“Freedom or Being?” – “Yes please!”


In the very old (and ongoing) debate of free will versus determinism, Kant provided a simple but brilliant response – if asked “Free will or determinism?” Kant, in a comedic fashion, could answer “Yes please!” Kant’s argument is essentially that yes we are are trapped in a world of causes but at the same time we are autonomous beings who have choices, but more importantly, we have responsibility. Several folks have pointed out that this is an incoherent argument. Onora O’Neill, for instance stated in “Kantian Ethics” that:

“His account of human knowledge leads to a conception of human beings as parts of nature, whose desires, inclinations and actions are susceptible of ordinary causal explanation. Yet his account of human freedom demands that we view human agents as capable of self-determination, and specifically of determination in accordance with the principles of duty. Kant is apparently driven to a dual view of man: we are both phenomenal (natural, causally determined) beings and noumenal (non-natural, self-determining) beings. Many of Kant’s critics have held that this dual-aspect view of human beings is ultimately incoherent.”

Alenka Zupancic in her amazing text Ethics of the Real: Kant and Lacan argues that while this may seem (and is) paradoxical that does not mean that is in incoherent. While we are surely determined by our environment, history, knowledge etc. we can essentially decide which one of these things will affect our being. The basic act of freedom then is not so much making a (supposedly) free choice, but is found in the act of refusal, saying yes to a particular deterministic force or another. Kant’s hypothetical (and in Marxist style, Groucho not Karl) “Yes please!” is this kind of refusal. In many ways it could be compared to the discussion of Mu in Robert Pirsig’s Zen and the Art of Motorcycle Maintenance: An Inquiry into Values:

“…there’s a third possible logical term equal to yes and no which is capable of
expanding our understanding in an unrecognized direction. We don’t even have a
term for it, so I’ll have to use the Japanese ‘mu’” ‘Mu’ means ‘no thing.’ …No
class, not one, not zero, not yes, not no…. ‘Unask the question’.” (320)

Strangely this ‘yes please!’ is a ‘no’ in that it while it is formally yes it is saying no to the meta-choice implicit in the very asking of the question. Put another way, the question “Determinism or free will” implicitly also asks “Do you accept that we are in a paradigm where those are the two options?” before it asks the ‘actual question.’ Our hypothetical ‘yes please!’ then is not simply the answer of ‘both’ but a no to the meta-question.

So what is this space then, between the yes and no, and how does it relate to Kant’s conception of freedom? Working with Kant and Lacan Zupancic writes:

Alenka Zupancic

“since the subject can chose only freedom, the alternative choice being ruled out by the fact that it would be the choice of non-being or nonexistance – the choice of S, the symbol for the ‘non-subjectivized matter of the subject’. Thus we move to the symbol $, representing the subject marked by a split or divided in her freedom, the subject who thinks of herself as free, but is at the same time excluded from this very freedom.” (40)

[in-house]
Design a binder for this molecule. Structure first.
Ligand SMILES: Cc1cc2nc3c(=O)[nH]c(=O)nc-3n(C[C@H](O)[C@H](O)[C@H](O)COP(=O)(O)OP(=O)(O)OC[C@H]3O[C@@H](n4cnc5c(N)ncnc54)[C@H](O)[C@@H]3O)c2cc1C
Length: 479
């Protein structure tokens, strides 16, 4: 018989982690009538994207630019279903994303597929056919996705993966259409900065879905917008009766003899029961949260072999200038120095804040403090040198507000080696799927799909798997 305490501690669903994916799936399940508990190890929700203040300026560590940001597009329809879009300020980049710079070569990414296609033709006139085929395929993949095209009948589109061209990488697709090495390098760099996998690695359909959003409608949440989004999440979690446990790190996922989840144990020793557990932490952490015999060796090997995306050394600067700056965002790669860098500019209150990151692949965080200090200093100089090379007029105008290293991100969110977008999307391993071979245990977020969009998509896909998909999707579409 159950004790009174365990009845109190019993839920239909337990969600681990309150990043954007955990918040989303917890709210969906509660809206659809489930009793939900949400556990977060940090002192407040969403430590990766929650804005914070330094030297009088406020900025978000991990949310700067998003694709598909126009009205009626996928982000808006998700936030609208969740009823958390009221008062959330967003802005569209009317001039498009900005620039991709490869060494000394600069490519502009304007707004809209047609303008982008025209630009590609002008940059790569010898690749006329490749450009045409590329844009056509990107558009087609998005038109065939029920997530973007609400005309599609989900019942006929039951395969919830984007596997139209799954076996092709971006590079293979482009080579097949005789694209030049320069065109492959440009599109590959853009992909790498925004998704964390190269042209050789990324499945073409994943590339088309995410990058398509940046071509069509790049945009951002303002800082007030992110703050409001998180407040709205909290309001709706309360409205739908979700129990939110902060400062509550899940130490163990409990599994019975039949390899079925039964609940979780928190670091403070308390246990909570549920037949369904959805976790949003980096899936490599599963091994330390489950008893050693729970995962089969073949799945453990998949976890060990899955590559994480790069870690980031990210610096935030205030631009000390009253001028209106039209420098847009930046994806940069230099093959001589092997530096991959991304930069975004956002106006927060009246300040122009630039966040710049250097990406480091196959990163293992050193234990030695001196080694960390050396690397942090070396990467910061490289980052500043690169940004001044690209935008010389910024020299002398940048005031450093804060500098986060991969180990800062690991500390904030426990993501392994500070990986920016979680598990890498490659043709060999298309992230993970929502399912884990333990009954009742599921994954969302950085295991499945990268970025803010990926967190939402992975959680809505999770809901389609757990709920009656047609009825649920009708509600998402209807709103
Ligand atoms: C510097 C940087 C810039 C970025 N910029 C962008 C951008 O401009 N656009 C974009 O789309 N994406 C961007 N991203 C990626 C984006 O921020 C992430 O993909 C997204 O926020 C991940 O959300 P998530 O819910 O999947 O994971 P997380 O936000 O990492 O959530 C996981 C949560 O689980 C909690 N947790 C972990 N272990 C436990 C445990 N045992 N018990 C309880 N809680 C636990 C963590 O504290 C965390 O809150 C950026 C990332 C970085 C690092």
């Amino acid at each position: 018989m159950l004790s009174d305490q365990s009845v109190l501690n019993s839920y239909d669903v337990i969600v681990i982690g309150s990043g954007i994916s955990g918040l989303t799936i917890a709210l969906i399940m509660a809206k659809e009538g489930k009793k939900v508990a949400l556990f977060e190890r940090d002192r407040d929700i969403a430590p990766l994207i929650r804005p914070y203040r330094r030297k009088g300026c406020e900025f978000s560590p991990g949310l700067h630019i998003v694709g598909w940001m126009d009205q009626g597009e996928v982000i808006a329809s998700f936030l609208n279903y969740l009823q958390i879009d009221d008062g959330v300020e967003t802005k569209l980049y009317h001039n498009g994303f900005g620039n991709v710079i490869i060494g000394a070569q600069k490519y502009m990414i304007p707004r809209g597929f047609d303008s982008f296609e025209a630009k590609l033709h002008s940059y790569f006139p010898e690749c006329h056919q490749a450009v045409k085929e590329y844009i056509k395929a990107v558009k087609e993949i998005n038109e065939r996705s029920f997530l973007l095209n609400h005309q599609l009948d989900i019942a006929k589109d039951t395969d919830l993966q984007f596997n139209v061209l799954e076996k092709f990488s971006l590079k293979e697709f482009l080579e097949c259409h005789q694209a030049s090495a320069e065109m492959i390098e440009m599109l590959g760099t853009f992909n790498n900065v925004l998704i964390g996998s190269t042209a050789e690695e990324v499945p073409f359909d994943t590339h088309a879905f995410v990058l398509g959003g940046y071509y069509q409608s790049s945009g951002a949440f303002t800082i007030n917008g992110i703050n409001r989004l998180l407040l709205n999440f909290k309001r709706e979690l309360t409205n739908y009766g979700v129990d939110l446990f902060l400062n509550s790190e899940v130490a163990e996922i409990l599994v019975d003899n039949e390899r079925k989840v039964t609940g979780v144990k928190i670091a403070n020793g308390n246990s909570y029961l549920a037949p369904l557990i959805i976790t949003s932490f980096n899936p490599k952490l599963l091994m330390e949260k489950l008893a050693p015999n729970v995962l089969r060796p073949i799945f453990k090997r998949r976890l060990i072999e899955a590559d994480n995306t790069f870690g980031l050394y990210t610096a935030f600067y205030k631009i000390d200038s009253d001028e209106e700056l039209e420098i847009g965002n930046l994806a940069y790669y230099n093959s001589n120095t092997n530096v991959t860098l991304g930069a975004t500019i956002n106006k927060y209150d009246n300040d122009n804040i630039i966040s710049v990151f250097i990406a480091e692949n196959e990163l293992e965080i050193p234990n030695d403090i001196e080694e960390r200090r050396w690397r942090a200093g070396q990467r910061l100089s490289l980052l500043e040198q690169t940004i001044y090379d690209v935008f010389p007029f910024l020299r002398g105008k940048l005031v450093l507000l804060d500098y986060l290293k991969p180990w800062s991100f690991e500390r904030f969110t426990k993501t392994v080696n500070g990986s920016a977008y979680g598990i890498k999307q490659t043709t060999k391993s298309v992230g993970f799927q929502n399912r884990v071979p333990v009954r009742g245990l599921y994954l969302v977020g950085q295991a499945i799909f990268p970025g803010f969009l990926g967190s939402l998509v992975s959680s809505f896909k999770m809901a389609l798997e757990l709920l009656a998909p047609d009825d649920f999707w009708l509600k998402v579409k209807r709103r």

Our very being then is ‘incoherent’ because we are forced to be free simply by living. But at the same time we recognize that there are forces that are bigger than us, essentially we recognize the Other. Zupancic goes on to write that it is this encounter that forces the subject to choose their Gesinnung,, or disposition, this is done through an act of spontaneity. (36-37)

There are three levels or forms of subjectivity at work. There is the phenomenal subject which is just another cog in the machine – cause and effect. Then there is the conscious ‘I’ that thinks it’s free and then we have the spontaneous ‘I’ we just mentioned. The important point that Zupancic makes is that if the subject can face the fact that it may only be phenomenal, at the will of the Other, she can see that the lack of the Other because they see that there is no cause of the Other, when we are completely helpless at the hands of the Other we make the decision of freedom.

Back to the earlier topic of yes, no and mu. Is yes not the acceptance of the phenomenal, to be taken by the winds of fate, where the no is the false sense of freedom (of course these could reversed) where mu is the spontaneous act of freedom, the obnoxious “Yes please!” The form is less important then the fact that the mu/yes please kind of answer speaks to the meta-structure, the revelation that there is no cause of the Other and the subject emerges from this revelation. Zupancic writes “There can be no freedom without a subject, yet the very emergence of the subject is already the result of a free act. (41)

We are asked a question (stuck in a choice but given a ‘choice’) by taking in the very ridiculous nature of the question leading to the progression of the subject:

1)I am involved in a question
2)I must freely choose
3)Because my choice is limited, it is not an actual ‘free’ choice
4)The question is lacking, and not an actual question
5)I do not have to answer and therefore I am free

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One Response to ““Freedom or Being?” – “Yes please!””

  1. 1 “¿Libertad o determinismo?” – “¡Sí, por favor!” « PENSAMIENTO DEL VAC√ćO

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